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Weaving a Patchwork of Wildlife Protection
China Today
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Weaving a Patchwork of Wildlife Protection

On August 6, Zhou Guimei, a resident of Huangnan Village, Songyang County of Lishui City in east China’s Zhejiang Province, discovered a bird she had never seen before while washing clothes by the stream. According to her description, the bird had green claws, big eyes, a sharp beak, and white spots on its wings. Noticing that it could not stand up, she assumed it must be injured. Zhou contacted the village ranger immediately, and then carried the bird home. While waiting for the ranger, she fed the bird a fish, but it quickly spat the fish out.

Ye Weirong, the deputy Party secretary of Huangnan Village and also a forest ranger, reported the finding to Songyang County Forestry Department at once, and then took pictures of the bird and sent them to the forest patrol WeChat group. Professionals from the forestry department arrived in Huangnan Village that night and took the bird to a wildlife protection hospital for medical treatment. After close observation, experts identified the bird as an endangered species that is under first-class national protection, known as the white-eared night heron. Examination results showed that the bird was not injured after all, but rather had many stomach parasites causing it to not eat or be able to stand up. A few days later after treatment, the fully-recovered night heron was released back into the wild.

A Bird Paradise 

With an estimated population of only 1,000, the white-eared night heron is one of the world’s 30 most endangered bird species. These birds mainly live in river valleys that have quality water and a nice natural environment. Ye Weirong is very pleased to see a night heron because it means that Songyang’s ecological environment has been improving significantly.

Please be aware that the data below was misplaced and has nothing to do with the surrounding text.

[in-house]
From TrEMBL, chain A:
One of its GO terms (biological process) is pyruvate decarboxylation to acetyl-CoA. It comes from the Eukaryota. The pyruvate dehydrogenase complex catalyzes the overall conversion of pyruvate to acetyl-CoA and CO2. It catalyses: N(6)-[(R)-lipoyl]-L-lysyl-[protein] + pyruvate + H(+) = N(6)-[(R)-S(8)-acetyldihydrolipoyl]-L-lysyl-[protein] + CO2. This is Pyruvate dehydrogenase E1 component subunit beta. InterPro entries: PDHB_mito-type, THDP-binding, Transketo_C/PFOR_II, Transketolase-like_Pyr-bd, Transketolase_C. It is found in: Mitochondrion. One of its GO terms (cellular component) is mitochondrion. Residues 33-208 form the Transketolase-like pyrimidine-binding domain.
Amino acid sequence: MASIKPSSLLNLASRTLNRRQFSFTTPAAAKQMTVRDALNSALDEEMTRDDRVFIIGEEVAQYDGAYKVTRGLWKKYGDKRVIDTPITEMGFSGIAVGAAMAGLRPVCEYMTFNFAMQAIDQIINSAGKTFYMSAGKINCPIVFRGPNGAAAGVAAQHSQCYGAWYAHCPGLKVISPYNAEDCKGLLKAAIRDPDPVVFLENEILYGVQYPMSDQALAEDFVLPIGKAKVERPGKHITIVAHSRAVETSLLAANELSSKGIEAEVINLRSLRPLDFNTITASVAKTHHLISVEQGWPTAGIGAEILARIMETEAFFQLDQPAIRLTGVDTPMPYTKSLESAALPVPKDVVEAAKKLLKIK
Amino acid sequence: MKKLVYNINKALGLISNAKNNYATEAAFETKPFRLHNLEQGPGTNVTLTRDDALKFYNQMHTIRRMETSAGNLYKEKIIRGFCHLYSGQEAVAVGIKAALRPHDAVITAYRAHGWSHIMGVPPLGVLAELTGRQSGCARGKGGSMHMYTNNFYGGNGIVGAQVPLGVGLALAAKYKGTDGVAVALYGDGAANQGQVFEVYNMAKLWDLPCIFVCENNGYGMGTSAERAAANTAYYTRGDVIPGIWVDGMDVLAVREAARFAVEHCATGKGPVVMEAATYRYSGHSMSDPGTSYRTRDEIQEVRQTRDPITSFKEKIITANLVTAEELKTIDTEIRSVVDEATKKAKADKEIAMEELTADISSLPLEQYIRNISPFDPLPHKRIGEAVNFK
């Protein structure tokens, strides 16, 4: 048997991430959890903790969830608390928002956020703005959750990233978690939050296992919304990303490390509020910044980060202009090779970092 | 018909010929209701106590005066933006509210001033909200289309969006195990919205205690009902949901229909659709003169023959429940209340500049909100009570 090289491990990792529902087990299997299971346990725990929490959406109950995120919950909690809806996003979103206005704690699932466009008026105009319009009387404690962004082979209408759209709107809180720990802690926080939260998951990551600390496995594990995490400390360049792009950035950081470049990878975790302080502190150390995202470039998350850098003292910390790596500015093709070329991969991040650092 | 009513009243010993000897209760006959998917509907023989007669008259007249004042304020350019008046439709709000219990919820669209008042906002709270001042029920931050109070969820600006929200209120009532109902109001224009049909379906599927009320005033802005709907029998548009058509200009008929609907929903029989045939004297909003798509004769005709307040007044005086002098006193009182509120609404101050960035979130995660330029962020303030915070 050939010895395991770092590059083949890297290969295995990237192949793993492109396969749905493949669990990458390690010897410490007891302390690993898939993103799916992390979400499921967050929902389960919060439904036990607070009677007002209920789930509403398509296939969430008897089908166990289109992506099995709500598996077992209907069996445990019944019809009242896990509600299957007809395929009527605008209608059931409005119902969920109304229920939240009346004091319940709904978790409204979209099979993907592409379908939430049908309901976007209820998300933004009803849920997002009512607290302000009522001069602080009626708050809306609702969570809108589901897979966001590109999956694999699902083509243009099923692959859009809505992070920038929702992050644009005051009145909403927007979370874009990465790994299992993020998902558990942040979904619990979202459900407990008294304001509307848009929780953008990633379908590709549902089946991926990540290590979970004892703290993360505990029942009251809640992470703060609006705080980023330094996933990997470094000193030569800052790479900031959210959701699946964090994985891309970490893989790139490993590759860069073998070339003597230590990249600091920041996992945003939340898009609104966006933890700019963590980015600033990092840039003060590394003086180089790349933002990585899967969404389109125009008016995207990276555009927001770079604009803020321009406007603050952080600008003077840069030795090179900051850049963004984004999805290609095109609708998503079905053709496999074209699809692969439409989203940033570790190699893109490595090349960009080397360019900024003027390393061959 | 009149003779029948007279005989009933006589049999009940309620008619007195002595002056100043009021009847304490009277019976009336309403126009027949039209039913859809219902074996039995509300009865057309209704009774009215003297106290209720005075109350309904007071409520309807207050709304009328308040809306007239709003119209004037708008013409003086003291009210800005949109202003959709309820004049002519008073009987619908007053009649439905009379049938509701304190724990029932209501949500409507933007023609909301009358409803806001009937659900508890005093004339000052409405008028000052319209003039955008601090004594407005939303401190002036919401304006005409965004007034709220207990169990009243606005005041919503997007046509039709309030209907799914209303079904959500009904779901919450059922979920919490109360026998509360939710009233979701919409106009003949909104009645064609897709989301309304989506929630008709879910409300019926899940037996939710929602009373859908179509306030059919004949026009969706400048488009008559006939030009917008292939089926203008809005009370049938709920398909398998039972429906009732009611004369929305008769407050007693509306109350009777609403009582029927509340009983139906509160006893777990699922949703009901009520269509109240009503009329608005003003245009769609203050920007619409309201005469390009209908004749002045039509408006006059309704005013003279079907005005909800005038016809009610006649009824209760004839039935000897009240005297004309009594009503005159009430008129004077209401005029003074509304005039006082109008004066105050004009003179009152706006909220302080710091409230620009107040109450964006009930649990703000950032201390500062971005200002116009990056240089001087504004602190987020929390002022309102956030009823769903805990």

People living in Songyang have a tradition of loving birds and wildlife. A prime example is Yuan Linwei’s family, who has been protecting owls for several generations.

“It was 1989, and I was only nine years old. One day as I was playing outside my house, I found an owl chick in a vacant lot,” said Yuan. He still recalls how he and his grandfather took the chick back to the nest together. Ever since then, every year at the end of February, a pair of owls appear in Yuan’s house, and four months later they fly away with three or four newborn chicks. Now, Yuan Linwei is over 40, and over the last 30 years, his family has always lived in the same old house made of yellow clay. They never relocated or renovated their house, to ensure that generations of owl “tenants” can lay their eggs, then hatch and brood them in the attic of the house. So far, a total of more than 100 baby owls have been born and raised in Yuan’s family house and then returned back into the wild. Later, he learned that this owl species is collared scops-owl (Otus lettia), and it is under second-class national protection.

Songyang’s improved ecological environment has attracted more and more wild animals to settle down there, making it a real “bird paradise.” Since 2010, every winter, tscaly-sided mergansers (Mergus squamatus) fly into Songyang to spend the winter. In May this year around the International Biodiversity Day, Songyang organized the fourth Lishui Birdwatching International Invitational Competition. Thirty teams from China and abroad recorded a total of 228 species of birds in two days, setting a new record for the competition, compared with 133, 165, and 195 different species observed during the first, second, and third competition respectively.

“For many people, bird watching is more than a hobby. Observing and recording birds and carrying out educational campaigns on birds have become a responsibility for those who care about nature,” President of Lishui City Bird Ecological Protection Association Xie Wei pointed out.

A General Consensus